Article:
Graczyk, a correspondent for The Associated Press, is believed to hold a macabre record. He's almost certainly watched more executions than anyone else in the United States....
He's on the witness list for 315 of the state's 439 executions — more than any other reporter, prison employee or chaplain — and no records were kept for another 80. In his early days, he kept count. But he eventually stopped. He didn't want to know....
Graczyk works in the AP's Houston bureau — it's closest to the state's execution chamber in Huntsville. Since the early 1980s, he's made the hourlong drive north almost every time an inmate has faced the needle....
Don Reid, a writer for the AP and, before that, a Texas newspaper, witnessed 189 executions in the 1960s, when Texas still strapped inmates to "Old Sparky," the nickname for the state's electric chair. The experience changed Reid, who died in 1981, from a supporter of the death penalty to an opponent. He wrote a book, "Have a Seat, Please," chronicling that transformation.
Graczyk said he doesn't worry about the mental toll of watching so many deaths. His bosses with the AP have offered counseling. He's declined. "To see someone go to sleep — not to sound insensitive — but the carnage at the murder scene is harder than what you see in the death house in Huntsville," he said.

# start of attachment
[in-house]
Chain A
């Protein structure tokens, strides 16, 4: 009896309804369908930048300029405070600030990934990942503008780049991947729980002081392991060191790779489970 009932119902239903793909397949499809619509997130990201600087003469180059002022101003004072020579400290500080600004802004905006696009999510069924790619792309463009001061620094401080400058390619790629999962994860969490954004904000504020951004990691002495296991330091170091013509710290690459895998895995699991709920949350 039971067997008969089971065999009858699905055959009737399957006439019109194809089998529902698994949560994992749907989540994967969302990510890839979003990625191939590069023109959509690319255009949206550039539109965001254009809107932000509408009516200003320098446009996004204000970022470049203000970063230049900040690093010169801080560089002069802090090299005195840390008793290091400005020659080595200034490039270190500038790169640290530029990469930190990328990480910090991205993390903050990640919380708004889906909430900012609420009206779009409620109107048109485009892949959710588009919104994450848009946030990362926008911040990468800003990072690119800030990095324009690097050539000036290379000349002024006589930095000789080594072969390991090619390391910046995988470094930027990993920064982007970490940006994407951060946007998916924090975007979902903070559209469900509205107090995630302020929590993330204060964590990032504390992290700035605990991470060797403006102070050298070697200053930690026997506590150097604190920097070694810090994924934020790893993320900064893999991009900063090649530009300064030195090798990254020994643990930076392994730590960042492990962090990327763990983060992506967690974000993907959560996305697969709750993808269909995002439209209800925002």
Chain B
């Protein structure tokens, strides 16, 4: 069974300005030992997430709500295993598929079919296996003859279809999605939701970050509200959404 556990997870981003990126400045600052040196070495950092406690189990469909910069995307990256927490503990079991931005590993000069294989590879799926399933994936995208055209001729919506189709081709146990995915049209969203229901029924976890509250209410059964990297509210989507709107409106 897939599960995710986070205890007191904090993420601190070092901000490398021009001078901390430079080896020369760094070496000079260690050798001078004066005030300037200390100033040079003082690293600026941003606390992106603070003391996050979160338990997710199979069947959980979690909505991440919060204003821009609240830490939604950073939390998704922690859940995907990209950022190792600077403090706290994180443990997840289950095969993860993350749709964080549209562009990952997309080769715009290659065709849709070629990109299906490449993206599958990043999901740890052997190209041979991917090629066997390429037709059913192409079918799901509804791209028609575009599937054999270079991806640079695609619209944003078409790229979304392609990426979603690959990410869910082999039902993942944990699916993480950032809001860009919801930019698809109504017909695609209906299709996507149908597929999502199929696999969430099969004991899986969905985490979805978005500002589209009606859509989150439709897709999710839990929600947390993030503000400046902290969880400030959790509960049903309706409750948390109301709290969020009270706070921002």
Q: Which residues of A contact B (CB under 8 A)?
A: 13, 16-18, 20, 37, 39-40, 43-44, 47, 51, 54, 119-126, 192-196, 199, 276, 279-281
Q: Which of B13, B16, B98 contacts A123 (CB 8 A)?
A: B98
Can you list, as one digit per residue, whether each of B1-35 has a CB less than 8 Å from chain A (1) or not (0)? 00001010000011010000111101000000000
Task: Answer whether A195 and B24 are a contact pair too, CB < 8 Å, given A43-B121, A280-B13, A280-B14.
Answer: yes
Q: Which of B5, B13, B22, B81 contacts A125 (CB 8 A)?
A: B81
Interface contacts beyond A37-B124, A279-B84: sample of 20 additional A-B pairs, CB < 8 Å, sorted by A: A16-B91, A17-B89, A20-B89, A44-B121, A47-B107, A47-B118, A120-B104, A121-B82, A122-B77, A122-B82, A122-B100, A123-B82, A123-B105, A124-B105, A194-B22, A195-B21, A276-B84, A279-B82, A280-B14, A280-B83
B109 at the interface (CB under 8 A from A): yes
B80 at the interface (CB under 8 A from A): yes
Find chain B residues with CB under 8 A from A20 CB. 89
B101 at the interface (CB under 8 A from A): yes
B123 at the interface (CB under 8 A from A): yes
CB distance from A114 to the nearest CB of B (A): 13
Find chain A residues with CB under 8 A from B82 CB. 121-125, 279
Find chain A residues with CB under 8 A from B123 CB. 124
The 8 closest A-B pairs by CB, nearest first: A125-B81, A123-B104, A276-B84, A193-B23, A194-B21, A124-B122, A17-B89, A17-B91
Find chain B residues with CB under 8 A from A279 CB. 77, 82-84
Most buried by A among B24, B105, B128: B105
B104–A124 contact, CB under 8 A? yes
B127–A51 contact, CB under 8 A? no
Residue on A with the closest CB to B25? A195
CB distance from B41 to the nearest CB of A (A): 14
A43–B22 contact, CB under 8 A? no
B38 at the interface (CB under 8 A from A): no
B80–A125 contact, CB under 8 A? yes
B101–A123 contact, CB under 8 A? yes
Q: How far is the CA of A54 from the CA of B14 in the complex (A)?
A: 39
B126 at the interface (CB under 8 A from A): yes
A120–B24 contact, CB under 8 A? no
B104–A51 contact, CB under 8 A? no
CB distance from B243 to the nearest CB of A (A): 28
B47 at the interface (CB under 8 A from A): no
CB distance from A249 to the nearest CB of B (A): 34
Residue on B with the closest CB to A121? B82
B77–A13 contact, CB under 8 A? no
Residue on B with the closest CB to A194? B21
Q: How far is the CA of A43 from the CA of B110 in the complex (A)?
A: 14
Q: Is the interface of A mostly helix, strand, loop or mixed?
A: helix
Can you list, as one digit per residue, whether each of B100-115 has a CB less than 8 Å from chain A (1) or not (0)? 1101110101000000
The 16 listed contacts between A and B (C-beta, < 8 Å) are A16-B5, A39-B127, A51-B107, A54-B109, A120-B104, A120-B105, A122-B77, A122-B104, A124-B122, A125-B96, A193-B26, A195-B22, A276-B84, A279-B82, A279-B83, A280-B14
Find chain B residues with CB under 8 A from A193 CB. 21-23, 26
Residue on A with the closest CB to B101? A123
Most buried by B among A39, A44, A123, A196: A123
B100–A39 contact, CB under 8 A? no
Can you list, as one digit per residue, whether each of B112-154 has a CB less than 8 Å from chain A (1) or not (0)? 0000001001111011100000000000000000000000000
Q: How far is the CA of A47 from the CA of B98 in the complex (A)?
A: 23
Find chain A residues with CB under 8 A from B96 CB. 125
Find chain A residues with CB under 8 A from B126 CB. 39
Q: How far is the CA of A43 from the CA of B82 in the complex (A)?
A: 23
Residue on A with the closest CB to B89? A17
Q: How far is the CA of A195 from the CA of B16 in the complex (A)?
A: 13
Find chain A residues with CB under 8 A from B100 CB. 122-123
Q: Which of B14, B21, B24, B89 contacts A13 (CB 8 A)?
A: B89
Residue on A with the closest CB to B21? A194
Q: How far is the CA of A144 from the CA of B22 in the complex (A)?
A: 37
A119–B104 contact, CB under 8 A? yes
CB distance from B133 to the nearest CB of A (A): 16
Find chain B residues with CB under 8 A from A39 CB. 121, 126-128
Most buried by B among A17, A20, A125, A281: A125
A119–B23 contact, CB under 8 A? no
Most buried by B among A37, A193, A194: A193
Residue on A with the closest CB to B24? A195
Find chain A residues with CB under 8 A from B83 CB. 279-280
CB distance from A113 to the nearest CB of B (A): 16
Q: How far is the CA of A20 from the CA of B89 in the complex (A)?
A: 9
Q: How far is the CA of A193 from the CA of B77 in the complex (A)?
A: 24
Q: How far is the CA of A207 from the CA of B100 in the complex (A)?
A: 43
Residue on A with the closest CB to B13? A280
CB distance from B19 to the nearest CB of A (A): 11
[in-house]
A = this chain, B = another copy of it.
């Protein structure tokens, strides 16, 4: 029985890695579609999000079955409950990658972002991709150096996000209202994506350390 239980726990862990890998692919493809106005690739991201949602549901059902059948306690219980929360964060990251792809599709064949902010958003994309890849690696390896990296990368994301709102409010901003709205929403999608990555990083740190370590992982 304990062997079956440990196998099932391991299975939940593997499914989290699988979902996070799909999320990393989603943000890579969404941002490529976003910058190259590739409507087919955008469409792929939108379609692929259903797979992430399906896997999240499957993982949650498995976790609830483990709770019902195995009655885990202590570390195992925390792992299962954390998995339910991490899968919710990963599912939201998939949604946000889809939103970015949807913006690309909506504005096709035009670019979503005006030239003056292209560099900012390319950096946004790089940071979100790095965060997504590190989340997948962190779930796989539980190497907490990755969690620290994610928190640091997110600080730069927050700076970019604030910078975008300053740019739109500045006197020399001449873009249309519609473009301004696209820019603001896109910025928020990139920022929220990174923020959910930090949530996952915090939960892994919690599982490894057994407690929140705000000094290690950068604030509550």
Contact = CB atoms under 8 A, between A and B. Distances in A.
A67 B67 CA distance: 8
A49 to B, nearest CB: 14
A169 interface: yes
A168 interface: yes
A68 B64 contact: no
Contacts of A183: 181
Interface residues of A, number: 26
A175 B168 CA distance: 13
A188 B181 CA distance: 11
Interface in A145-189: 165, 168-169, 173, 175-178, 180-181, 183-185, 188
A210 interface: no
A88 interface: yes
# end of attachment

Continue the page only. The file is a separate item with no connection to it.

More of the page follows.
Michael Vick now a free man (subject to three years on supervised release)
This AP article, headlined "Ex-NFL star Vick released from federal custody," provides this update on the legal status of football's most famous federal felon:
Vick's attorney Lawrence Woodward told The Associated Press outside Vick's suburban Virginia home that the former Atlanta Falcons quarterback had been released from federal custody as scheduled. That means Vick no longer has to wear the electronic monitor he's had on while under home confinement for the last two months of his 23-month sentence.
Shortly before Woodward came out of the house, two men in a government car with a federal Bureau of Prisons folder on the dashboard paid a brief visit to the home. They carried a large case similar to the one that Vick's ankle monitor was delivered in when he started home confinement. The men declined to identify themselves or speak to waiting reporters....